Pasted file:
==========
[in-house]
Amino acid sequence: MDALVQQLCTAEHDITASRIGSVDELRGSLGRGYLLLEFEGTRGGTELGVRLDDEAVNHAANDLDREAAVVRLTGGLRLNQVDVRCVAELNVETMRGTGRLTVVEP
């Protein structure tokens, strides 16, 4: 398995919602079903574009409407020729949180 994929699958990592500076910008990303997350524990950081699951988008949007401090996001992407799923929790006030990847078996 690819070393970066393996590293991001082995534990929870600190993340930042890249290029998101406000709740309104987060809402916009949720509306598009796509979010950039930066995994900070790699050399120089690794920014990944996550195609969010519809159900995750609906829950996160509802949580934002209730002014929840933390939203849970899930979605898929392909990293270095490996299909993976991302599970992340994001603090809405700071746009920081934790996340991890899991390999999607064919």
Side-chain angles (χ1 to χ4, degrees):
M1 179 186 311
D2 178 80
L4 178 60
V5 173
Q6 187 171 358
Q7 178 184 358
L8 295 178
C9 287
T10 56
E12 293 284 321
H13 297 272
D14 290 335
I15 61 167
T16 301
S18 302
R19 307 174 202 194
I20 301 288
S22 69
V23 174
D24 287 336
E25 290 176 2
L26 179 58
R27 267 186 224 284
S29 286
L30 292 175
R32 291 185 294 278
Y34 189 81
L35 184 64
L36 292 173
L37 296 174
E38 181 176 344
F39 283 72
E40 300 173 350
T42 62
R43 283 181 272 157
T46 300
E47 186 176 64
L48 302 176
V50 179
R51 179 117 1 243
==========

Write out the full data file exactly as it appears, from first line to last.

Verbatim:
[in-house]
Amino acid sequence: MDALVQQLCTAEHDITASRIGSVDELRGSLGRGYLLLEFEGTRGGTELGVRLDDEAVNHAANDLDREAAVVRLTGGLRLNQVDVRCVAELNVETMRGTGRLTVVEP
């Protein structure tokens, strides 16, 4: 398995919602079903574009409407020729949180 994929699958990592500076910008990303997350524990950081699951988008949007401090996001992407799923929790006030990847078996 690819070393970066393996590293991001082995534990929870600190993340930042890249290029998101406000709740309104987060809402916009949720509306598009796509979010950039930066995994900070790699050399120089690794920014990944996550195609969010519809159900995750609906829950996160509802949580934002209730002014929840933390939203849970899930979605898929392909990293270095490996299909993976991302599970992340994001603090809405700071746009920081934790996340991890899991390999999607064919």
Side-chain angles (χ1 to χ4, degrees):
M1 179 186 311
D2 178 80
L4 178 60
V5 173
Q6 187 171 358
Q7 178 184 358
L8 295 178
C9 287
T10 56
E12 293 284 321
H13 297 272
D14 290 335
I15 61 167
T16 301
S18 302
R19 307 174 202 194
I20 301 288
S22 69
V23 174
D24 287 336
E25 290 176 2
L26 179 58
R27 267 186 224 284
S29 286
L30 292 175
R32 291 185 294 278
Y34 189 81
L35 184 64
L36 292 173
L37 296 174
E38 181 176 344
F39 283 72
E40 300 173 350
T42 62
R43 283 181 272 157
T46 300
E47 186 176 64
L48 302 176
V50 179
R51 179 117 1 243